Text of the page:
For Marketers, The Game For Winning Super Bowl Audiences Plays On YouTube

By Julian Steinforth, Expedition PR

Frito- Lay’s Doritos “Crash the Super Bowl” challenge - www.doritos.com

Frito- Lay’s Doritos “Crash the Super Bowl” challenge – www.doritos.com

With more than 111 million viewers glued to the TV, traditionally the Super Bowl has been the launch pad for the year’s most exciting TV ads. But today TV is not the only star of a successful Super Bowl marketing campaign. Weeks prior to the game kick-off, marketers start drumming up excitement and even crowdsource content from audiences for their campaigns on YouTube. While the Super Bowls draws millions of viewers on game day, YouTube engages more than 1 billion unique users each month.  According to ComScore, people are willing to spend 2.7 minutes watching an online video.

Last year Mashable published a YouTube report stating that Super Bowl ads shown before the Big Game generate 600 percent more views. Ads (including teasers) related to the game were viewed more than 66 million times on YouTube prior to Super Bowl Sunday.

Some brands launched campaigns that engaged the audience prior to the game. One example is Frito-Lay’s Doritos brand and its “Crash the Super Bowl” campaign that airs multiple ads that were sourced and selected by fans.

The idea behind Frito- Lay’s Doritos hosted “Crash the Super Bowl” challenge is that fans can submit commercials and the online community votes which spot will be shown during the next Super Bowl. Next to the fan pick a second spot is picked by the company’s marketing board. To be able to vote for one of the spots, users need to connect with their Facebook profile and spread the video on social media. Last year’s popular vote winners – “Goat 4 Sale”, “Fashionista Daddy” and “Road Chip” – were aired during the Super Bowl and got rave reviews by fans and critics alike. Continue reading


Dogfish Accelerator Demo Day Lesson #1: Producing Film and New Media Content Starts With Audience Engagement

By Julian Steinforth, Expedition PR

Last Friday the Dogfish Accelerator Demo Day took place at the Microsoft Technology Center in New York City. For the very first time film production companies pitched their projects to the investment and entertainment community, taking a page from the tech industry playbook.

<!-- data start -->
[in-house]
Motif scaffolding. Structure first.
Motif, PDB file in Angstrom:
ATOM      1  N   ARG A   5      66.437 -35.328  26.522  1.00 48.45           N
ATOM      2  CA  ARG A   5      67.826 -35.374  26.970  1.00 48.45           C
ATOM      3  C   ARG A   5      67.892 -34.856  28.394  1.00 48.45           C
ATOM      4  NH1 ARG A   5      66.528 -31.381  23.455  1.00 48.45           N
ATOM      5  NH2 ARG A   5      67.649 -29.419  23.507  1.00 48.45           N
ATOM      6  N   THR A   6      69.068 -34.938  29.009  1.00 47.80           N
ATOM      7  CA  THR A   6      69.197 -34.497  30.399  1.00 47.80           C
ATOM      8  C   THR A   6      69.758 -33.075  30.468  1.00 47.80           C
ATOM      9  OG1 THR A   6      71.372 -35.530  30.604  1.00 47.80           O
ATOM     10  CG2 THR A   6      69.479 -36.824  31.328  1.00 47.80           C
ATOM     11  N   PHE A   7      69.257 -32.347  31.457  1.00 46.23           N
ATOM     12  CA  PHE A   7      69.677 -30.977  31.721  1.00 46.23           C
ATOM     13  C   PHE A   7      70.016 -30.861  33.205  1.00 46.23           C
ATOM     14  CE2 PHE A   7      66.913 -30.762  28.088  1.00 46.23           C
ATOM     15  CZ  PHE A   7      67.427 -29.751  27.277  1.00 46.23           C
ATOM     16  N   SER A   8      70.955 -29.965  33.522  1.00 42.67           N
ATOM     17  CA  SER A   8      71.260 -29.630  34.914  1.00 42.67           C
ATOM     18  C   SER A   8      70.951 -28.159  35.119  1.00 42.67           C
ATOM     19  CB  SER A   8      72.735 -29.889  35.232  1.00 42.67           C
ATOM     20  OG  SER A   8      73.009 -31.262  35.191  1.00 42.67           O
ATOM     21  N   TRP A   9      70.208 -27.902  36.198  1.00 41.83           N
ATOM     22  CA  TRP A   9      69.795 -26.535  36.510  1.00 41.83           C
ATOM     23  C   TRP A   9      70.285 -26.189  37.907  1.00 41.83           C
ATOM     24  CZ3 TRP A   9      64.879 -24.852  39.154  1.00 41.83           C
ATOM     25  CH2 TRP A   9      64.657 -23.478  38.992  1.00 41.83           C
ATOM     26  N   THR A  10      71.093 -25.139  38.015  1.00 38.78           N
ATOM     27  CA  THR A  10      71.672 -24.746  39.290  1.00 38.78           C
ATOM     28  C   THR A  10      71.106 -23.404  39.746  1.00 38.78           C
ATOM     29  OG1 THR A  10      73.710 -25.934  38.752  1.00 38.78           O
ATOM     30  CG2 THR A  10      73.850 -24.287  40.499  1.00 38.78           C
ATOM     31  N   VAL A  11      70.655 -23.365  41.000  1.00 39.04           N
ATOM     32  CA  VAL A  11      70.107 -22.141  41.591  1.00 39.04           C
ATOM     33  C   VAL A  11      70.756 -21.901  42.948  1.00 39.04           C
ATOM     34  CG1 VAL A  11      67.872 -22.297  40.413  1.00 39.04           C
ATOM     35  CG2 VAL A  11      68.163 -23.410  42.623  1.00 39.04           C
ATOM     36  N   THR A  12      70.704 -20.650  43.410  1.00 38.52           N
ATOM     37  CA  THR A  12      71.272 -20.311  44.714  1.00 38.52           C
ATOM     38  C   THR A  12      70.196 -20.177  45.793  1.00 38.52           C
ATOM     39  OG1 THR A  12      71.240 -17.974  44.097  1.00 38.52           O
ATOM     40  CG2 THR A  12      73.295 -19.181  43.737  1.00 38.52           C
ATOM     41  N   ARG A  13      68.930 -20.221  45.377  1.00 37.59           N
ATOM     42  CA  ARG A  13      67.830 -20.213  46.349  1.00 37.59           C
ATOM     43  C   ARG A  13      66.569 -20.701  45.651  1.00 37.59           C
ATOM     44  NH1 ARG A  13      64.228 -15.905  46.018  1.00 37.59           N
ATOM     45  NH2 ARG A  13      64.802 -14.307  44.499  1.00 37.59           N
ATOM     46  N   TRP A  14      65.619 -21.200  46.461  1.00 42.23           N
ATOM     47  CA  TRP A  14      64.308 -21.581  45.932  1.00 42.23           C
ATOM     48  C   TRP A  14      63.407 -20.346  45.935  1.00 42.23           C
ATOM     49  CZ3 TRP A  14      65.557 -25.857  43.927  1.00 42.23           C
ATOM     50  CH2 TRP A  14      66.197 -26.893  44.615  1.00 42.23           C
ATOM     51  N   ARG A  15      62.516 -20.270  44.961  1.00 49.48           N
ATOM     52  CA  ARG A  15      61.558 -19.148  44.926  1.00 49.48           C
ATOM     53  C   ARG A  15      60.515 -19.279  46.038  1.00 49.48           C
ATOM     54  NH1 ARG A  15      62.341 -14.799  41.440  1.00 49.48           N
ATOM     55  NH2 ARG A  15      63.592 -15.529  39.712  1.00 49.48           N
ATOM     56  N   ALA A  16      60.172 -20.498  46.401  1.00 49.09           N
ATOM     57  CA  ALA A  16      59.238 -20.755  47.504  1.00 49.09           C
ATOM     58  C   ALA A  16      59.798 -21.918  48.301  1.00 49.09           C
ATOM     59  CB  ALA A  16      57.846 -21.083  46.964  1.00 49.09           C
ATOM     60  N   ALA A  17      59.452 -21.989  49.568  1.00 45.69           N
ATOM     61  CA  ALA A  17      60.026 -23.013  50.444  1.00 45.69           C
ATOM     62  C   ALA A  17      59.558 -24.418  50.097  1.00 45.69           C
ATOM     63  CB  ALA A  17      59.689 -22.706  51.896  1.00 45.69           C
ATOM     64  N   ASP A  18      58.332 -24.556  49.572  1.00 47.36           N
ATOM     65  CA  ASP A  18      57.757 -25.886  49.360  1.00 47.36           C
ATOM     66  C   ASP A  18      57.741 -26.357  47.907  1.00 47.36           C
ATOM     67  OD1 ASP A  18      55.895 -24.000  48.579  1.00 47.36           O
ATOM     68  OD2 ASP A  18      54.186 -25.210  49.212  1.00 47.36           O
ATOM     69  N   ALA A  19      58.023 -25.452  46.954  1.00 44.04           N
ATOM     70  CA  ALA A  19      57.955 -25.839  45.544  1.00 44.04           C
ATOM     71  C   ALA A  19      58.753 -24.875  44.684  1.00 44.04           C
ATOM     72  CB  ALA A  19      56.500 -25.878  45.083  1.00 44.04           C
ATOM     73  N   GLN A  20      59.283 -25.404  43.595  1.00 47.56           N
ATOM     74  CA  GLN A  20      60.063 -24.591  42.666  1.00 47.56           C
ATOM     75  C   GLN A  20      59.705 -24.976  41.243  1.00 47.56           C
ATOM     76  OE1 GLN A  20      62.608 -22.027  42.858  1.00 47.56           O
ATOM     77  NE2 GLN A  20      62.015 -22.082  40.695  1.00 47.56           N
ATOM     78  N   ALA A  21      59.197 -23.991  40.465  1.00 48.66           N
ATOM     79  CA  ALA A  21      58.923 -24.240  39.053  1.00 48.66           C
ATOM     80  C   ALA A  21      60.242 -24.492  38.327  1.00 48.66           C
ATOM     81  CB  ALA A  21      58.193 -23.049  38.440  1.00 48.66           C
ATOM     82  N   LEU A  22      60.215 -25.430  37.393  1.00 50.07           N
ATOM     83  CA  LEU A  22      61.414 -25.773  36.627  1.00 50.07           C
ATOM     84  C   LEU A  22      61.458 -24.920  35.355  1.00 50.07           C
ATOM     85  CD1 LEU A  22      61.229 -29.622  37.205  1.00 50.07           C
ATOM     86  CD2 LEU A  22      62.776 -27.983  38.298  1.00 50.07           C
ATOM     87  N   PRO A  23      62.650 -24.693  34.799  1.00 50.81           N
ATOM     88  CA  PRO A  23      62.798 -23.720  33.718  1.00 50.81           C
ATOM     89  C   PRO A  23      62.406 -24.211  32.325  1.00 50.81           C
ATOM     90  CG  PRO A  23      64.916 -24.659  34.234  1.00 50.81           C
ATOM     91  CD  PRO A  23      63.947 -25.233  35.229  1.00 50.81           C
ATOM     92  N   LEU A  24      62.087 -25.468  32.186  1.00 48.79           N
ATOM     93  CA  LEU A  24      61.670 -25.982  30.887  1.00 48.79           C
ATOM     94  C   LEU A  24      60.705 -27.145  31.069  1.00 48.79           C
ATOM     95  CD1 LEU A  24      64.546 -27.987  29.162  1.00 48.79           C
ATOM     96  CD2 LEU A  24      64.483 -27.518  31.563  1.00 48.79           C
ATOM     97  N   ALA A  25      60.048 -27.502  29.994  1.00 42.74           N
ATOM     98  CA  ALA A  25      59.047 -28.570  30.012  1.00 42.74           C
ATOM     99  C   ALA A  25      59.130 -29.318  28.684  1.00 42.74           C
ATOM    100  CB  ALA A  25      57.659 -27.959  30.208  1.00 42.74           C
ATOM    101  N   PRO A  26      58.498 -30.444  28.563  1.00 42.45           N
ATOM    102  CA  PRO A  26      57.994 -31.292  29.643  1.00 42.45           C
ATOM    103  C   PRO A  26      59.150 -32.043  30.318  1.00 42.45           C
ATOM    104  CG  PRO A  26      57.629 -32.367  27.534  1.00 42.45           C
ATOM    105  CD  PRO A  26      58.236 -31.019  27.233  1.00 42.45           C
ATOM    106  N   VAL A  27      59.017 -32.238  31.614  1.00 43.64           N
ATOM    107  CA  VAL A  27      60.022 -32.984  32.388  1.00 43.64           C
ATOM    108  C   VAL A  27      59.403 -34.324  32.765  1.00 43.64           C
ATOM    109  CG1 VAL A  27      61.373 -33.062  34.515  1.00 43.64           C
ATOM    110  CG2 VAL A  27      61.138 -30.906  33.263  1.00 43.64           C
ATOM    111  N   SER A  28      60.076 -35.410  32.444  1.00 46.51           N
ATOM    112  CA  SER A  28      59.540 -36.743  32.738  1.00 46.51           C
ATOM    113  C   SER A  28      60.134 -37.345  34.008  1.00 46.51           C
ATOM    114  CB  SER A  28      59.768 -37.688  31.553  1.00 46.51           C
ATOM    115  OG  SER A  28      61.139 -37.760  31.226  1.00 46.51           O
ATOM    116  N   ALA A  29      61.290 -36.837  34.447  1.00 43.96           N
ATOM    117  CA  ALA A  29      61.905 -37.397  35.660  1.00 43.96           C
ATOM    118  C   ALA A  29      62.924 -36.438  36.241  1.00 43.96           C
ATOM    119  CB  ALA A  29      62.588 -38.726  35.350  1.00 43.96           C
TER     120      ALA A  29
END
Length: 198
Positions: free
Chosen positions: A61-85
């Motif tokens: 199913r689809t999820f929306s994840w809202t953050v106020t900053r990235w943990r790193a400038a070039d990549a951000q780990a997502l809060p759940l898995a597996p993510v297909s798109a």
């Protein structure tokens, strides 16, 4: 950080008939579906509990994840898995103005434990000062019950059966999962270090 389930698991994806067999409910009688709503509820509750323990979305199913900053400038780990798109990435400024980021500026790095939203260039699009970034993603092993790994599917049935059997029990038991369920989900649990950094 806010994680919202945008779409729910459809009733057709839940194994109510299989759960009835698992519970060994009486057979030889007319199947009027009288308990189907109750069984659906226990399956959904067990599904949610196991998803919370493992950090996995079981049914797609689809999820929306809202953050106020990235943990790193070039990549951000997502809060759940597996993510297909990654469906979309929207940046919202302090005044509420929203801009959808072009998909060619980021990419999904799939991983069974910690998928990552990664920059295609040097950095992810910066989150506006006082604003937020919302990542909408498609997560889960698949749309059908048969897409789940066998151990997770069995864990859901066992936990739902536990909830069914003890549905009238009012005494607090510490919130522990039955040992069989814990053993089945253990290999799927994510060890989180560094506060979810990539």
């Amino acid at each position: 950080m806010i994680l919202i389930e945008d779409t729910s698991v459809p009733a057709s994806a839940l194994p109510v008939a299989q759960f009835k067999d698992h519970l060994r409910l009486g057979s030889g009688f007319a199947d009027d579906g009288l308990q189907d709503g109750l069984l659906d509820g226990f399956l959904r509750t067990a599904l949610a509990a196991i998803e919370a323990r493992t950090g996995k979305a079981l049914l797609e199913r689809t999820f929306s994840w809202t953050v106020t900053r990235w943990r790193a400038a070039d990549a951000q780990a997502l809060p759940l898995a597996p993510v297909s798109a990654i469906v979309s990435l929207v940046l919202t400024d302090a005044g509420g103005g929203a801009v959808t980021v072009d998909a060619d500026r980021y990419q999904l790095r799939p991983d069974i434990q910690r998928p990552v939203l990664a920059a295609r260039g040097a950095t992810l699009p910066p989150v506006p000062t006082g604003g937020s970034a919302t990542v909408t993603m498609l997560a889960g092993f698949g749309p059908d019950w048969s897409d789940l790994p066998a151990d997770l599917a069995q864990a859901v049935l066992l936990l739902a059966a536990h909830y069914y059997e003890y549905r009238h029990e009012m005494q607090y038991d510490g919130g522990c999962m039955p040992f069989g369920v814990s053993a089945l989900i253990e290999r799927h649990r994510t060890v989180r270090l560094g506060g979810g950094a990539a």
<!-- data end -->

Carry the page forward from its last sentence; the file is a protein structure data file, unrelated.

Dogfish Accelerator Demo Day 2013 in NYC

Dogfish Accelerator Demo Day 2013 in NYC

Inspired by the TechStars model, eight production teams presented 13 films, 3 marketing and distribution platforms, 2 multi channel networks, and ancillary streams of revenue including graphic novels, video games as well as a fashion line to more than 200 investors and media representatives at the Dogfish Accelerator Demo Day. The first cohort of the Dogfish Accelerator program was selected from 440 applications.

Dogfish Accelerator was founded by James Belfer and Michelle Soffen to help indie film producers think like startups. Belfer, who worked on several film productions with his company Dogfish Pictures, realized that the film industry needs to change.

“I experienced firsthand the many challenges the independent film industry faces,” stated Belfer in his opening remarks.  “The real issue isn’t that the times are tough, it’s that you can’t be disruptive without knocking down a few walls. Or without trying new investment and business models, testing new marketing and monetization strategies, or utilizing distribution opportunities across multiple platforms.”

The Dogfish Accelerator program offers seed financing, office space and access to resources to nurture companies that are willing to take the leap with a new model and change the industry.  More than 20 industry mentors, from financing to marketing, support the teams throughout the program and beyond. Continue reading


Innovation and Technology for Social Enterprises

By Patricia Martinez, Expedition PR

Social enterprises and profit are not mutually exclusive anymore. An increasing number of for-profit organizations have been embracing this new paradigm and started incorporating the social enterprise mindset in their operations and strategic objectives. In November, UN’s Social Policy and Development Division (DESA) published a report on Innovation and Technology for Social Development[1].

One of its chapters, authored by Julius O Akinyemi (entrepreneur in residence, Massachusetts Institute of Technology, The Media Laboratory), John Dilyard (Associate Professor, Department of Management and Information Technology, St. Francis College), Dennis Anderson (Professor and Chairman, Department of Management and Information Technology, St. Francis College) and Katja Schroeder (President & Sustainability Consultant, Expedition PR), discusses how today’s generation of social enterprises drive social and economic value.

The authors argue that both not-for-profit and for-profit institutions “understand the social improvement and profits can be complementary”. But the path is not without challenge.

Social enterprises include financing, the right messaging and  misleading measuring the social enterprise’s return.

Even with these challenges, there are opportunities on this change of paradigm that could benefit all the organizations involved, and how innovative technologies are contributing to the construction of a new model of social commitment.

Please click here to read the entire chapter.

[1] United Nations. “Innovation and Technology for Social Development. Lessons Learned”, by Mr. Amine Lamrabat, Expert in Innovation and Technology, UNDESA-DSPD. November 2013.


Sustainability and Financial Reporting in the Age of Transparency